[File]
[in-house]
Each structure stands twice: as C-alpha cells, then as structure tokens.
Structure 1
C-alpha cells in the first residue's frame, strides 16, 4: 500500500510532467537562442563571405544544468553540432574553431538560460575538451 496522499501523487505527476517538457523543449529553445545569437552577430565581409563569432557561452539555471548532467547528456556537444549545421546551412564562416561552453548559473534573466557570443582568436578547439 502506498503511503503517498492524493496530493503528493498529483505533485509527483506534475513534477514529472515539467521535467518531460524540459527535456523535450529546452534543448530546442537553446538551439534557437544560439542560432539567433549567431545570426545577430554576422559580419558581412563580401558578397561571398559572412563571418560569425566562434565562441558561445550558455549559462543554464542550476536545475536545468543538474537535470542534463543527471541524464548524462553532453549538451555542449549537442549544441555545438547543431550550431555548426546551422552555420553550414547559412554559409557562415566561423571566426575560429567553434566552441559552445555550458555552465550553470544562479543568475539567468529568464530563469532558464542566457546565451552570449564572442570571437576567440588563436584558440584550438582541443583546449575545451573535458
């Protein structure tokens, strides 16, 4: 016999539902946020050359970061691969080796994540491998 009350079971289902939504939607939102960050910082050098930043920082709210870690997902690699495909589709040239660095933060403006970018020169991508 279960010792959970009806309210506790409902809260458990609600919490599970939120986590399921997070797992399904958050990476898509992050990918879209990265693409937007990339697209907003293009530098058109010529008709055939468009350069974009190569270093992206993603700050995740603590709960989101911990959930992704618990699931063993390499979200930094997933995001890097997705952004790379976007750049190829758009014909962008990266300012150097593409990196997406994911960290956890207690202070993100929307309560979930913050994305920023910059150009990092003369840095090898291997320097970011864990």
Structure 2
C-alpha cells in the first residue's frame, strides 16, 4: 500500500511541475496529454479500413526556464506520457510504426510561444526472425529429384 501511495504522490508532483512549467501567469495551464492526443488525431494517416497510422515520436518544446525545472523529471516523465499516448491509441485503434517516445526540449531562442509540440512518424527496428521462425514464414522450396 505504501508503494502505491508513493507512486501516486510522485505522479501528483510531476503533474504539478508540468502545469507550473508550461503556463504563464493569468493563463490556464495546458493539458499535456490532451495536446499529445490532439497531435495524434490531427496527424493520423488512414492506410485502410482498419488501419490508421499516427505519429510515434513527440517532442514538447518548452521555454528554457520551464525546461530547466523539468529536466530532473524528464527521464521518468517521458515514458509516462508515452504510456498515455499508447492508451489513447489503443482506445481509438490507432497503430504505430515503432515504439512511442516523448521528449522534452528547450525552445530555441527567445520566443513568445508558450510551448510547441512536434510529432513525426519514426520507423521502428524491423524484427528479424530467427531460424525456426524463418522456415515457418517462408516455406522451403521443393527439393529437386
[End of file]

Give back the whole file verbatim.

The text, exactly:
[in-house]
Each structure stands twice: as C-alpha cells, then as structure tokens.
Structure 1
C-alpha cells in the first residue's frame, strides 16, 4: 500500500510532467537562442563571405544544468553540432574553431538560460575538451 496522499501523487505527476517538457523543449529553445545569437552577430565581409563569432557561452539555471548532467547528456556537444549545421546551412564562416561552453548559473534573466557570443582568436578547439 502506498503511503503517498492524493496530493503528493498529483505533485509527483506534475513534477514529472515539467521535467518531460524540459527535456523535450529546452534543448530546442537553446538551439534557437544560439542560432539567433549567431545570426545577430554576422559580419558581412563580401558578397561571398559572412563571418560569425566562434565562441558561445550558455549559462543554464542550476536545475536545468543538474537535470542534463543527471541524464548524462553532453549538451555542449549537442549544441555545438547543431550550431555548426546551422552555420553550414547559412554559409557562415566561423571566426575560429567553434566552441559552445555550458555552465550553470544562479543568475539567468529568464530563469532558464542566457546565451552570449564572442570571437576567440588563436584558440584550438582541443583546449575545451573535458
């Protein structure tokens, strides 16, 4: 016999539902946020050359970061691969080796994540491998 009350079971289902939504939607939102960050910082050098930043920082709210870690997902690699495909589709040239660095933060403006970018020169991508 279960010792959970009806309210506790409902809260458990609600919490599970939120986590399921997070797992399904958050990476898509992050990918879209990265693409937007990339697209907003293009530098058109010529008709055939468009350069974009190569270093992206993603700050995740603590709960989101911990959930992704618990699931063993390499979200930094997933995001890097997705952004790379976007750049190829758009014909962008990266300012150097593409990196997406994911960290956890207690202070993100929307309560979930913050994305920023910059150009990092003369840095090898291997320097970011864990």
Structure 2
C-alpha cells in the first residue's frame, strides 16, 4: 500500500511541475496529454479500413526556464506520457510504426510561444526472425529429384 501511495504522490508532483512549467501567469495551464492526443488525431494517416497510422515520436518544446525545472523529471516523465499516448491509441485503434517516445526540449531562442509540440512518424527496428521462425514464414522450396 505504501508503494502505491508513493507512486501516486510522485505522479501528483510531476503533474504539478508540468502545469507550473508550461503556463504563464493569468493563463490556464495546458493539458499535456490532451495536446499529445490532439497531435495524434490531427496527424493520423488512414492506410485502410482498419488501419490508421499516427505519429510515434513527440517532442514538447518548452521555454528554457520551464525546461530547466523539468529536466530532473524528464527521464521518468517521458515514458509516462508515452504510456498515455499508447492508451489513447489503443482506445481509438490507432497503430504505430515503432515504439512511442516523448521528449522534452528547450525552445530555441527567445520566443513568445508558450510551448510547441512536434510529432513525426519514426520507423521502428524491423524484427528479424530467427531460424525456426524463418522456415515457418517462408516455406522451403521443393527439393529437386